Property insurance is an umbrella term for types of policies that owners or renters can use for property protection or liability coverage. Property insurance reimburses the owner or renter for property loss or damage resulting from a covered “peril,” or cause of a loss. It covers not just a building or its structure but also the contents in it, including furniture, computers, clothing, and other personal items. Businesses may also purchase commercial property insurance to protect their premises.
Learn what property insurance is, how it works, the different types of property insurance, and the cost of coverage.
Definition and Examples of Property Insurance
Property insurance protects home and business owners from losses arising from damage to the property’s physical space and the assets or contents within it. For businesses, items owned or leased may also be considered property.
For instance, your landlord isn’t responsible for your belongings when you rent a house. In this case, renters insurance is a type of property insurance you can purchase to protect your belongings, including furniture, electronics, and other personal property while renting.
How Property Insurance Works
You can’t actually purchase something called a property insurance policy because that would include homeowners, renters, and flood insurance, which all provide different types of coverage. Instead, you’ll need to obtain coverage that reflects your property’s characteristics and where you live.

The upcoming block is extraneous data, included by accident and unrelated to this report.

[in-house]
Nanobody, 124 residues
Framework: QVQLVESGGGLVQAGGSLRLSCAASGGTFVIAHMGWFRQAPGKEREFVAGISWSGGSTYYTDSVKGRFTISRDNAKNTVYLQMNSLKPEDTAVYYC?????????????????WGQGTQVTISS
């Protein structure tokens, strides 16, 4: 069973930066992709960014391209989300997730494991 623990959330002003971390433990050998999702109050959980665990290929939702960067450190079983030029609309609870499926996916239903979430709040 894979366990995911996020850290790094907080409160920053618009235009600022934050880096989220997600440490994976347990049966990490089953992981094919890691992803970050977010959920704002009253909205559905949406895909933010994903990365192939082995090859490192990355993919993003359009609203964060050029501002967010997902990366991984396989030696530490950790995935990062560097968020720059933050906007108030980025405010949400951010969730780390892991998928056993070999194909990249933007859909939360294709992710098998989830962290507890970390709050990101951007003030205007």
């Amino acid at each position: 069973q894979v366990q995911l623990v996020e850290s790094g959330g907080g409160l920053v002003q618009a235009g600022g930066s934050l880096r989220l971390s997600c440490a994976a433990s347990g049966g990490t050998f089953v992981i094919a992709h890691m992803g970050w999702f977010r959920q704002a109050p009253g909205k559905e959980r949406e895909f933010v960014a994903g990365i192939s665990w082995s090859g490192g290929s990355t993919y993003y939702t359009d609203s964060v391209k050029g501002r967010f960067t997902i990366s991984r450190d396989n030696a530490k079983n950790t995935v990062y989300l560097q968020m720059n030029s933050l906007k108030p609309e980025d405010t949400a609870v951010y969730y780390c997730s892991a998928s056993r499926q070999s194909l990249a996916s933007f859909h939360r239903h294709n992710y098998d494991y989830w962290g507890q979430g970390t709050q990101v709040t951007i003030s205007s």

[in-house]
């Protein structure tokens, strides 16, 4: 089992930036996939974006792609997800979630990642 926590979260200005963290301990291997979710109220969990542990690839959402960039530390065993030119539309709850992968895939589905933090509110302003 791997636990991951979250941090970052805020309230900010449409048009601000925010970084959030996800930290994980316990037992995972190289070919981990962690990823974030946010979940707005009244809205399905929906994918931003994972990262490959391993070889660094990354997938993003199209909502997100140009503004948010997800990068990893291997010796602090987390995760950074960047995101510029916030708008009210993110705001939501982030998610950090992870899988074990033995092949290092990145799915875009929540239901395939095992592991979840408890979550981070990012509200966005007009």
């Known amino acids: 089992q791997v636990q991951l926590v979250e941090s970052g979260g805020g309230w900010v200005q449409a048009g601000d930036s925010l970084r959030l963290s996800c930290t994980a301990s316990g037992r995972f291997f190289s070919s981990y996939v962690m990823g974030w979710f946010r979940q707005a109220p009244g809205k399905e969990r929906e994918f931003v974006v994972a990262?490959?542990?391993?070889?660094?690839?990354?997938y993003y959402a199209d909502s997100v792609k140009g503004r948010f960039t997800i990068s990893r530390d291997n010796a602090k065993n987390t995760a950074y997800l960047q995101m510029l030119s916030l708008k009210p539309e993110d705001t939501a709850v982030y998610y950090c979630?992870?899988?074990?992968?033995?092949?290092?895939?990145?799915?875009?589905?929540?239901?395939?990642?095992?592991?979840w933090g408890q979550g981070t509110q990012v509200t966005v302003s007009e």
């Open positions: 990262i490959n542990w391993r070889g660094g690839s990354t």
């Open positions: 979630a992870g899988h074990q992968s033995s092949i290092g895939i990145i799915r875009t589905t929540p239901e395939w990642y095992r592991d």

Depending on the policy, property insurance may also cover equipment breakdown, the removal of debris after a destructive event, and some types of water damage.
Property insurance offers different forms of protection against loss or damage. First, it protects your house and any structures attached from covered perils. It also may cover other structures on your premises but not attached to your house. The contents within your house and other personal belongings you or other people you live with are also covered.
Property insurance covers losses or damage caused by perils like fire, smoke, hail, wind, lightning, snow, and other weather-related afflictions. Coverage also extends to riots or civil unrest, acts of theft, and vandalism on the structure and the contents within for business property. Insurers may also provide liability coverage to protect third parties injured while on the property.
Conversely, typical property insurance does not pay for losses caused by earthquakes, floods, or acts of war.
Property insurance doesn’t cover the incidence of wear and tear because it’s not considered accidental and unpredictable.